“Nonetheless, it creates a negative vibe, and may trigger bearish sentiments from investors in the MSCI Index, which has more investors compared to the FTSE Russell, especially at a time when the bullish steam in the market seems to be waning,” he added.

The stock market has seen increased selloff this week. On Tuesday, investors in Nigeria’s equities market booked further loss of N293 billion as the market recorded another session of negative close by 0.80 percent. The NGX All-Share Index and equities market capitalisation decreased from 67,296.18 points and N36.831 trillion respectively to 66,760.2 points and N36.538 trillion. The market’s return year-to-date fell to 30.26 percent.

Damilare Akinlotan, an investment and equities analyst for Risevest, said: “Removing us from these indexes means Nigerian stocks listed on those indexes will no longer be accessible to foreign investors who invest in those indexes – no more FPI for our stocks listed on those indexes (no more dollar inflow for us through those channels). All Nigerian stocks listed on those indexes will be sold since they are being removed, which means a sell off on our stock market – market reacted immediately yesterday and you would have noticed a drop in NGX yesterday.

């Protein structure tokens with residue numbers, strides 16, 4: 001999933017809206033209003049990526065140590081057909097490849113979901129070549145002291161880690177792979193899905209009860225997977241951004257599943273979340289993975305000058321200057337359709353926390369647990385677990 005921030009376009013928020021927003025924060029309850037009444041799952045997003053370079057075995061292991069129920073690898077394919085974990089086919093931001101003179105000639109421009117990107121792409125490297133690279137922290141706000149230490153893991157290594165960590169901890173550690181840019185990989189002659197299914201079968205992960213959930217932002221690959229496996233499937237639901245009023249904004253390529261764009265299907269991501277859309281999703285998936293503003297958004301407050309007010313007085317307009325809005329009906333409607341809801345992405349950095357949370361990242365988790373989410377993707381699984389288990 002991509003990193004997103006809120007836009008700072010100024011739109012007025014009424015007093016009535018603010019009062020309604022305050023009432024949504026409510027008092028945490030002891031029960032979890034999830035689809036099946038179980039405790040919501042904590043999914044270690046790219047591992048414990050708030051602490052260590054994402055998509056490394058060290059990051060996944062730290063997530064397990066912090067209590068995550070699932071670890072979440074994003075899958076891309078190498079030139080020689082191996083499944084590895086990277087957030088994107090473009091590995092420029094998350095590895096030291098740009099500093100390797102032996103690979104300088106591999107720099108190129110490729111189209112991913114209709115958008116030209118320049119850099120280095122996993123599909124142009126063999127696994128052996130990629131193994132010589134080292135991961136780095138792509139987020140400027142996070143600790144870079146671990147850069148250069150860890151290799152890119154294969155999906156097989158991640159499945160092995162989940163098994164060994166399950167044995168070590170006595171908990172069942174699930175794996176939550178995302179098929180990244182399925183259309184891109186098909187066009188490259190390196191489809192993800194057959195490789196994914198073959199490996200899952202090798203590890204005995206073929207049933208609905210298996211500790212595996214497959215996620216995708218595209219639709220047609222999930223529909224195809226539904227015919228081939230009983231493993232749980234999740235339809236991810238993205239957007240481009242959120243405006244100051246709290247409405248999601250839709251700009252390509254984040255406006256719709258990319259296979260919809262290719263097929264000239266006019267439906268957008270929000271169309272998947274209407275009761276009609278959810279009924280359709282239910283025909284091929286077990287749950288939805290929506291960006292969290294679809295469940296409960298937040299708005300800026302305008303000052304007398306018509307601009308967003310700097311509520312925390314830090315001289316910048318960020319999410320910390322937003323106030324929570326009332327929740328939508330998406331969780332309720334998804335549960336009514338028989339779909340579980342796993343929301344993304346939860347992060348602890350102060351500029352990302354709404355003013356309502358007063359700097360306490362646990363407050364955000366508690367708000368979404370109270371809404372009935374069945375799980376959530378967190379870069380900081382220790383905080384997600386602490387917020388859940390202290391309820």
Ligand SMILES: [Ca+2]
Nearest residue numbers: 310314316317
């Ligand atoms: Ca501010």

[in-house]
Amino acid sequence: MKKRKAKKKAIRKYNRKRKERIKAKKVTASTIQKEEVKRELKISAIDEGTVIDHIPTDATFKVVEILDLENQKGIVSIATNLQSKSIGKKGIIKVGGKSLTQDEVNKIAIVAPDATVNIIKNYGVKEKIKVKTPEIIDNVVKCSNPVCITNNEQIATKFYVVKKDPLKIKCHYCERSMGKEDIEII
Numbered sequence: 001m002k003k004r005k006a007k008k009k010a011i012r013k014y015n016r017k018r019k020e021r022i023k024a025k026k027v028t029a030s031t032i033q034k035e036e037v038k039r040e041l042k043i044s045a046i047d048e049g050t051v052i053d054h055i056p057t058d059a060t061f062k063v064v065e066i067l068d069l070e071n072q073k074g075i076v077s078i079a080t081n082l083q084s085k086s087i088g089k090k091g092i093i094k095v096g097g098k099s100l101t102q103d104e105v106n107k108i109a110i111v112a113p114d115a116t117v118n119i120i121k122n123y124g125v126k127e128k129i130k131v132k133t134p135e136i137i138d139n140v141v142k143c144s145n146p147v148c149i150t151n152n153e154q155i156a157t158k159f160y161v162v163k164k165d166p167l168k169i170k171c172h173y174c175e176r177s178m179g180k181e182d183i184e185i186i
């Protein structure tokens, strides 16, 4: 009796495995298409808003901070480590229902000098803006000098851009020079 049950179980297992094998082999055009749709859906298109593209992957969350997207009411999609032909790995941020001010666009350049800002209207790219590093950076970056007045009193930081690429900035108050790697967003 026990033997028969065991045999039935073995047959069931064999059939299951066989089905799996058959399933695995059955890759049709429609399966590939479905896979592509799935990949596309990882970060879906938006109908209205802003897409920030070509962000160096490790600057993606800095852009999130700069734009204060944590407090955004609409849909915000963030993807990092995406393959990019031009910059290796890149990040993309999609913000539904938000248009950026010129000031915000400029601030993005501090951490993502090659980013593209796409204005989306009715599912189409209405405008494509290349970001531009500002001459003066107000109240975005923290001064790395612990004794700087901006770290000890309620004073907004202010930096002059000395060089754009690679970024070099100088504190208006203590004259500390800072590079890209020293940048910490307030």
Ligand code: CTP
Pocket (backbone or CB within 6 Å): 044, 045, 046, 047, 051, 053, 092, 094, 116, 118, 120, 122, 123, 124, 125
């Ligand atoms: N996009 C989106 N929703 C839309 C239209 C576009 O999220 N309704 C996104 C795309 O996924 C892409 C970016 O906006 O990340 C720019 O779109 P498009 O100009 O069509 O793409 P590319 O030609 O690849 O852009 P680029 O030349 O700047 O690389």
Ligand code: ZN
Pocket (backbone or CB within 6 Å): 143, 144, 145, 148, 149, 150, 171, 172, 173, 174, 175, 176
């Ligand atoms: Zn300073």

“The main issue has to do with the inability of institutional investors to repatriate their funds to their parent countries; our recent FX policy was supposed to be encouraging and make FX available and accessible to these investors but it has not been so. It seems that no changes are really in sight and now they’ve decided to remove us after a period of observation — having being suspended since September last year.

Read also London Stock Exchange Group first-half results show strong growth

“We are retained on the FTSE ASEA Pan Africa Index series though and our FX situation will be monitored, if we can resolve our FX issues we should be added back as a new market. Going forward, when the removal is effected, we should expect more sell offs.”